The Yasuni National Park in Ecuador is one of the most biodiverse places on earth, but it is currently at risk from oil development. Some of the park’s inhabitants, however, are trying to forge a more sustainable, and less destructive path out of poverty. These indigenous Kichwa people, who have already been caretakers of the rainforest for hundreds of years, have developed ecotourism in the region, providing all the jobs, schools and healthcare that they need. How did the community find the commitment and tenacity required for such a project? By thinking like Leafcutter ants.
To find out about the award winning model of conservation and sustainability H20 Radio’s Frani Halperin and Jamie Sudler visited the region earlier this year and produced the podcast Want to save the Amazon? Think like an Ant. We play this feature [4:15] on this week’s show and afterward [18:30] talk with Frani and Jamie about the project and what Coloradoan’s can learn from the Kichwa community’s efforts.
Hosts: Jane Palmer, Beth Bennett Producer: Jane Palmer Engineer: Maeve Conran Executive Producers: Kendra Krueger, Jane Palmer
(4:33) Think computer coding and art are worlds apart? Vikram Chandra, author of the novel Sacred Games would have you think again. In his most recent book Geek Sublime: The Beauty of Code, The Code of Beauty, Chandra looks deeply into the connections between technology and art, illustrating his arguments with a history of coding and a meditation on the writer’s craft. Under his musings is Chandra’s own story, where he finds his way to the West from India and dabbles in literature, then coding, then back to writing.
This week on How on Earth, Jane Palmer speaks with Vikram Chandra about what makes computer code beautiful, whether programming can be considered an art form and the culture that surrounds computer technology.
Hosts: Jane Palmer, Beth Bennett Producer: Jane Palmer Engineer: Kendra Krueger Executive Producers: Jane Palmer and Kendra Krueger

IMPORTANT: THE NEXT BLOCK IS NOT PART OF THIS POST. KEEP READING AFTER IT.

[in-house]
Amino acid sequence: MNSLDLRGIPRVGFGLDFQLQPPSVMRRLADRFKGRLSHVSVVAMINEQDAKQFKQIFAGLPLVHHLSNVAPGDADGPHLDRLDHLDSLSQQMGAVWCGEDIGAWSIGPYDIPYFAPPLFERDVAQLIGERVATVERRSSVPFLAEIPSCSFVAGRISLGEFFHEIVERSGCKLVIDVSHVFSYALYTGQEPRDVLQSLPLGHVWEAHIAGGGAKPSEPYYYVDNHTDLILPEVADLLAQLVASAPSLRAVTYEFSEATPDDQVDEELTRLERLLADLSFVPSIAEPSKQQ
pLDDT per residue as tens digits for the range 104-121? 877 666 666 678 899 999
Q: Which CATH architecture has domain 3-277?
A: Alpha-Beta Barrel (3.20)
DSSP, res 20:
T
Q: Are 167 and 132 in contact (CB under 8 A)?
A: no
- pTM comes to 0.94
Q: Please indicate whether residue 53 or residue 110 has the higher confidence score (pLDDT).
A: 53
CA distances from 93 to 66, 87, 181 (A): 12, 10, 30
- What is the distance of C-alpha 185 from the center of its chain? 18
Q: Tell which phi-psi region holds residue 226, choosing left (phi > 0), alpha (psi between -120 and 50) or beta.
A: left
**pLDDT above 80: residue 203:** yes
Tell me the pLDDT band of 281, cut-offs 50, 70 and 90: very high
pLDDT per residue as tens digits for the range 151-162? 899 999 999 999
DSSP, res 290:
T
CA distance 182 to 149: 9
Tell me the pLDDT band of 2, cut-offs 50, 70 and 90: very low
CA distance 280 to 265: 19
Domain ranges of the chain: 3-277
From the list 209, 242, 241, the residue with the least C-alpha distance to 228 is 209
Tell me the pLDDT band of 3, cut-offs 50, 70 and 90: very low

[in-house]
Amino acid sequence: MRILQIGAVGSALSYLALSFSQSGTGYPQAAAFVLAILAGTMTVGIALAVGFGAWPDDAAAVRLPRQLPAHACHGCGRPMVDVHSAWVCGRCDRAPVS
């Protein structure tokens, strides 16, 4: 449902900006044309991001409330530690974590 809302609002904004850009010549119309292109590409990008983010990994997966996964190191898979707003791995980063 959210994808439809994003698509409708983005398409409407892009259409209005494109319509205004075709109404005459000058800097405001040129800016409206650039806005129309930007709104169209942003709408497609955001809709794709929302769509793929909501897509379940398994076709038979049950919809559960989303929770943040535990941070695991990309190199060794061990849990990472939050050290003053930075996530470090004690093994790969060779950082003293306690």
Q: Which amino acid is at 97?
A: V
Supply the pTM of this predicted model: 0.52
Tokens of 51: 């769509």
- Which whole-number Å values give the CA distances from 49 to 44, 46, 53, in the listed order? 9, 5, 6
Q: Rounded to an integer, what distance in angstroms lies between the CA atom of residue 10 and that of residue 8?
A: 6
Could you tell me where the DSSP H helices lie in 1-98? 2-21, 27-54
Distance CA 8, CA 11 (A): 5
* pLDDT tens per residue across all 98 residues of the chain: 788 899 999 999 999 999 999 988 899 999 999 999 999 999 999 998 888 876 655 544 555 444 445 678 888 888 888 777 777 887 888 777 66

Testing the Water (Start time 3:30) What exactly is in our water—the stuff we drink, shower in and use to wash our vegetables? This is a question lots of Coloradans have started to ask in the last few years as oil and gas operations have ramped up in the state. Several communities have become very concerned how nearby drilling operations might be adversely affecting the quality of their water supply. We’ve seen the videos of people living near to fracking wells lighting their tap water, and we’ve heard the stories about the possible health impacts but how much of this is anti-fracking dramatization and how much is there really to be concerned about? How much is energy development in Colorado affecting the water supply and how can we, that is Jane and Joe public, find out the vital statistics of our water quality?
Co-host Jane Palmer discusses these questions with hydrologist Mark Williams from the University of Colorado. Williams is the co-founder of the Colorado Water and Energy Research Center (CWERC) and he has conducted projects around the state looking at the impacts of energy operations on both water and air quality. He has also developed a guide to help residents who live near oil and gas development test their water. The “how to” guide shows well owners how energy-related or other activities might affect their groundwater.
Executive Producer: Joel Parker Producer: Jane Palmer Co-hosts: Jane Palmer, Ted Burnham Engineer: Ted Burnham Additional Contributions: Shelley Schlender
Caffeine and Athletics (starts at 4:35): Chances are you’ve already had a cup of coffee this morning or, if you are like me, it was a cup of tea. Or maybe, if you are truly hedonistic, you started the day with a bar of chocolate. Either way, if any of these options are part of your daily routine you’d be one of the 90 percent of people in this country that regularly consumes caffeine, America’s drug of choice.
In this week’s show we talk to Murray Carpenter, author of the book Caffeinated: How Our Daily Habit Helps, Hurts and Hooks Us. Although he covers the history and culture of caffeine in his book, he is specifically going to be talking about the science of caffeine and how this powerful drug affects our cognition and physical health. In particular, for all you runners, cyclists and swimmers out there – there maybe a few of you in Boulder – he’s going to discuss how the right dose of caffeine can help an athlete’s performance. Apparently, for you runners who can run a 40-minute 10K without caffeine, ingesting the drug can help knock 72 seconds off your time. That would put you at least 100 places higher in the Bolder Boulder.
Hosts: Jane Palmer and Ted Burnham Producers: Jane Palmer and Ted Burnham Engineer: Ted Burnham Additional Contributions: Beth Bennett Executive Producer: Joel Parker
You drive to Starbucks with your cell phone in your pocket, go online, read your favorite newspaper, share an interesting book review on Facebook and then go and order the bestseller from Amazon. It’s only 9:00am, but you’ve already left a data trail—a big one—on your whereabouts, your taste, your friends, and your financial habits.